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'Let the voters decide': Bemidji School Board votes to build new elementary school

Bemidji School District's Board of Education Chairman Bill Faver, left, speaks with concerned community members during a listening session before the regular school board meeting on ways to alleviate classroom space shortages. Pioneer Photo/Monte Draper

Making tough decisions is sometimes like watching sausages being made, according to Bill Faver.

"You may like the end outcome, but watching it being made is not all that pleasant," the Bemidji School District's Board of Education Chairman said.

As a long-term solution, the school board voted unanimously to seek public approval for the construction of a new four-section (four classes per grade) elementary school.

As a short-term solution, the board voted 5-1 to research the purchasing or leasing of modular buildings at Solway and Northern elementary schools.

School board member Gene Dillon voted against the idea of adding portable classrooms buildings, stating he was against the idea altogether.

The location of the new elementary school and the cost of portable classrooms have yet to be determined. The school board will meet at 6:30 p.m. Monday, March 28, when it potentially could vote on a short-term solution.

The school board faced a packed house at its meeting Monday night at the Bemidji High School as members spent three hours discussing the best solution to deal with classroom space issues in the elementary schools. The majority of school board members based their decision to build a new school on the growing population of Bemidji and Beltrami County.

Building a new school would cost the district roughly $12 million, according to Chris Leinen, the district's director of business services, assuming the district builds it on land it already owns. Voter approval in the form of a referendum would be needed in order for the school district to build a new school.

The school district would need to issue bonds, which would need to be supported by the residents in the school district. A majority "yes" vote would guarantee the bond holders that they will get paid and gives the school board authority to levy local taxes each year as payment of those bonds when they come due in order to pay off the bond holder.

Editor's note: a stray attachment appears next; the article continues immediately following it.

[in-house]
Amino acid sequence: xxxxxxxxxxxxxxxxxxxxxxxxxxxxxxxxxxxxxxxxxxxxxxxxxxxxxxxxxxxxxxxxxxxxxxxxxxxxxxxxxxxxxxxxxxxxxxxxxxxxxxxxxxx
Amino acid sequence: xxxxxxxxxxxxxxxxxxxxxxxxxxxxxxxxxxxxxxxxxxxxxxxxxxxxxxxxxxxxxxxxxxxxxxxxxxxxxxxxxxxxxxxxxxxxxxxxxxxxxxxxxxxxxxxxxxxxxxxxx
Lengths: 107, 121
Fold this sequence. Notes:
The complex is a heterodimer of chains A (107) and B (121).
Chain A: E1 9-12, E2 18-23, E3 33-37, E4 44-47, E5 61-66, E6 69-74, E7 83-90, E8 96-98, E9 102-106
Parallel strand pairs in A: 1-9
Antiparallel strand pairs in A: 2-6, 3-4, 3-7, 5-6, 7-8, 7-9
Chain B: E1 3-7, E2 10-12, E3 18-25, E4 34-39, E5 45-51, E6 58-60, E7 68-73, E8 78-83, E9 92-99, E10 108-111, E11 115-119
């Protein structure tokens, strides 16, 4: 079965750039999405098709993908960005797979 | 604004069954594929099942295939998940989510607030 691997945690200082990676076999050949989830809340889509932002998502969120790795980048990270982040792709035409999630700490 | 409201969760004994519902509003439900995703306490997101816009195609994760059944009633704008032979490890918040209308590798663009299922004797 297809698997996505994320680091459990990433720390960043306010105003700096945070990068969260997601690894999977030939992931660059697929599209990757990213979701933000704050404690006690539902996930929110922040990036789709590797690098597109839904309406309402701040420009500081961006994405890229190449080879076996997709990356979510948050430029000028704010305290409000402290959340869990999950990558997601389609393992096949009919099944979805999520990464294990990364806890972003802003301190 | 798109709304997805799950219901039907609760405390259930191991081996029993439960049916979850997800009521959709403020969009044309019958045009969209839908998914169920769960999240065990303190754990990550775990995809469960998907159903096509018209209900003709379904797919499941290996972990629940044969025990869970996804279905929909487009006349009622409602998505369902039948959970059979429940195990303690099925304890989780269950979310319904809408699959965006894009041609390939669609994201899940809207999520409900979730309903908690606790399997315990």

Planning a new school can be an extensive, lengthy process, Leinen said. If a vote were to be held, putting it on the ballot for next November might be too aggressive because details such as the school's location, size and other details would need to be finalized before then. Also, he said, the district would need to submit information to the state Department of Education to justify building a new school.

The district currently holds a debt of about $30 million. Leinen suggested the school board could take the existing $30 million and roll it together with a $12 million bond issue. Then it could reissue a total of $42 million with bonds and pay for them over a 20-year period of time, he said. This would theoretically lower the impact of a monthly payment from the levying of local taxes.

"By combining two debts, you could actually keep tax impact to a minimum," Leinen said.

School board member Ann Long Voelkner said while she believes a new school will alleviate the enrollment issues in the long run, she expressed concerns it could have on families when neighborhood school lines would have to be redrawn. She is also concerned about the time and effort it would take to gather support from the community.

"There is peril in this proposal," Long Voelkner said. "When I hear we are living in the hardest times since the Great Depression, there is peril in making change to a community. I do not want to jeopardize that community support. I still have a lot of concerns about this."

Bemidji High School student school board representative Jade Hovet said most of the students she talked to at the high school were supportive of the idea to build a new elementary school.

"For me it makes the most sense," she said. "I feel it will be a lot of work to get (a referendum) passed, but I think it would be worth it."

During the school board's discussion, Superintendent James Hess stressed the importance of the impact this decision would have on the tax payers.

"It will be critical to structure our debt so it doesn't cause people to lose houses or have difficulty paying taxes," he said. "It would be unfortunate to pass a bond to build a new school but didn't have the money to operate our schools."

In two years, residents within the school district will need to vote to renew the operating levy of $501 per student. Now residents could potentially have to vote this November for the construction of a new school.

"We need to put our best campaign forward and let voters decide," Faver said. "Then we adapt from there."

Jon Shorter, a teacher at Horace May Elementary, watched as the school board members cast their votes Monday night.

"I am thrilled that the board has decided to build a brand new school - it was a unanimous vote," he said. "I think parents will be thrilled that this will take the pressure off of schools that are overcrowded. We are at a crisis point with this issue."

Community members Sarah Karvakko and Holly Alcott said while they felt OK with the board's decision to build a school, they are concerned about the board members "dragging their feet" on a short-term solution.

"I feel like they are on the fence about a lot of things," Karvakko said. "I worry that all this beating around the bush will result in them choosing to reconfigure grade levels."

"I'm worried they will choose something that will disrupt all grade levels," Alcott added.

One parent who was standing outside the Media Center after the vote said she was concerned that adding portable classrooms would cost the district too much in the short term.